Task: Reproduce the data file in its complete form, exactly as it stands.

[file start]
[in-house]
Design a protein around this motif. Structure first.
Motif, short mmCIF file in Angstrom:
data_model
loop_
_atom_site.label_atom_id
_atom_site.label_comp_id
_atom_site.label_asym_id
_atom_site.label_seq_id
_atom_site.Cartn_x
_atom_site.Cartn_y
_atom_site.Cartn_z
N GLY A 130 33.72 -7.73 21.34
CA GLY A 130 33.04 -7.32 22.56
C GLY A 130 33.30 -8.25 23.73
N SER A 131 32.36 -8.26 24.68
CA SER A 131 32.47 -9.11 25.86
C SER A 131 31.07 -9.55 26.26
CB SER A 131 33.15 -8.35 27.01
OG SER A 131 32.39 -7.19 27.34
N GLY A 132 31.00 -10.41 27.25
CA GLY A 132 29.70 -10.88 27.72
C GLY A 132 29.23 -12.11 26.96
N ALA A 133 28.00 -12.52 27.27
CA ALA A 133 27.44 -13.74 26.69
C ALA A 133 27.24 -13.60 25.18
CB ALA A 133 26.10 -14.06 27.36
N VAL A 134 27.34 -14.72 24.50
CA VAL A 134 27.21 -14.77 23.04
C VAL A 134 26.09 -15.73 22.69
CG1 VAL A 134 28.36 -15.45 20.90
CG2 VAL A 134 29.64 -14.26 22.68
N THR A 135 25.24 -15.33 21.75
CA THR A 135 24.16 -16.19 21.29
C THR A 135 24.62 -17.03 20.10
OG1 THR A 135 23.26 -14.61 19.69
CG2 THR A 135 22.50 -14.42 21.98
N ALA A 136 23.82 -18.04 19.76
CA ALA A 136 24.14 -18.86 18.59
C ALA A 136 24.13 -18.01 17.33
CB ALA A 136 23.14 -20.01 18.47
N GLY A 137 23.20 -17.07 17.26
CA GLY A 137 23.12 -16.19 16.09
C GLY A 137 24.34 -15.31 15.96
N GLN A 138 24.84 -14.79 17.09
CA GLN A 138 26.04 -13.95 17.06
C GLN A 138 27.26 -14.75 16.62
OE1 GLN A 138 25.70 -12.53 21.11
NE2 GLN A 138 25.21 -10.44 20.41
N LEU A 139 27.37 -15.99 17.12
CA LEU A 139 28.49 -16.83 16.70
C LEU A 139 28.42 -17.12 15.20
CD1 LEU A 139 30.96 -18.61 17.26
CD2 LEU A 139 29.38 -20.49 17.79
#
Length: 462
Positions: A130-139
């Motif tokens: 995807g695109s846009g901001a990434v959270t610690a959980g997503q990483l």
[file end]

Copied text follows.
[in-house]
Design a protein around this motif. Structure first.
Motif, short mmCIF file in Angstrom:
data_model
loop_
_atom_site.label_atom_id
_atom_site.label_comp_id
_atom_site.label_asym_id
_atom_site.label_seq_id
_atom_site.Cartn_x
_atom_site.Cartn_y
_atom_site.Cartn_z
N GLY A 130 33.72 -7.73 21.34
CA GLY A 130 33.04 -7.32 22.56
C GLY A 130 33.30 -8.25 23.73
N SER A 131 32.36 -8.26 24.68
CA SER A 131 32.47 -9.11 25.86
C SER A 131 31.07 -9.55 26.26
CB SER A 131 33.15 -8.35 27.01
OG SER A 131 32.39 -7.19 27.34
N GLY A 132 31.00 -10.41 27.25
CA GLY A 132 29.70 -10.88 27.72
C GLY A 132 29.23 -12.11 26.96
N ALA A 133 28.00 -12.52 27.27
CA ALA A 133 27.44 -13.74 26.69
C ALA A 133 27.24 -13.60 25.18
CB ALA A 133 26.10 -14.06 27.36
N VAL A 134 27.34 -14.72 24.50
CA VAL A 134 27.21 -14.77 23.04
C VAL A 134 26.09 -15.73 22.69
CG1 VAL A 134 28.36 -15.45 20.90
CG2 VAL A 134 29.64 -14.26 22.68
N THR A 135 25.24 -15.33 21.75
CA THR A 135 24.16 -16.19 21.29
C THR A 135 24.62 -17.03 20.10
OG1 THR A 135 23.26 -14.61 19.69
CG2 THR A 135 22.50 -14.42 21.98
N ALA A 136 23.82 -18.04 19.76
CA ALA A 136 24.14 -18.86 18.59
C ALA A 136 24.13 -18.01 17.33
CB ALA A 136 23.14 -20.01 18.47
N GLY A 137 23.20 -17.07 17.26
CA GLY A 137 23.12 -16.19 16.09
C GLY A 137 24.34 -15.31 15.96
N GLN A 138 24.84 -14.79 17.09
CA GLN A 138 26.04 -13.95 17.06
C GLN A 138 27.26 -14.75 16.62
OE1 GLN A 138 25.70 -12.53 21.11
NE2 GLN A 138 25.21 -10.44 20.41
N LEU A 139 27.37 -15.99 17.12
CA LEU A 139 28.49 -16.83 16.70
C LEU A 139 28.42 -17.12 15.20
CD1 LEU A 139 30.96 -18.61 17.26
CD2 LEU A 139 29.38 -20.49 17.79
#
Length: 462
Positions: A130-139
């Motif tokens: 995807g695109s846009g901001a990434v959270t610690a959980g997503q990483l």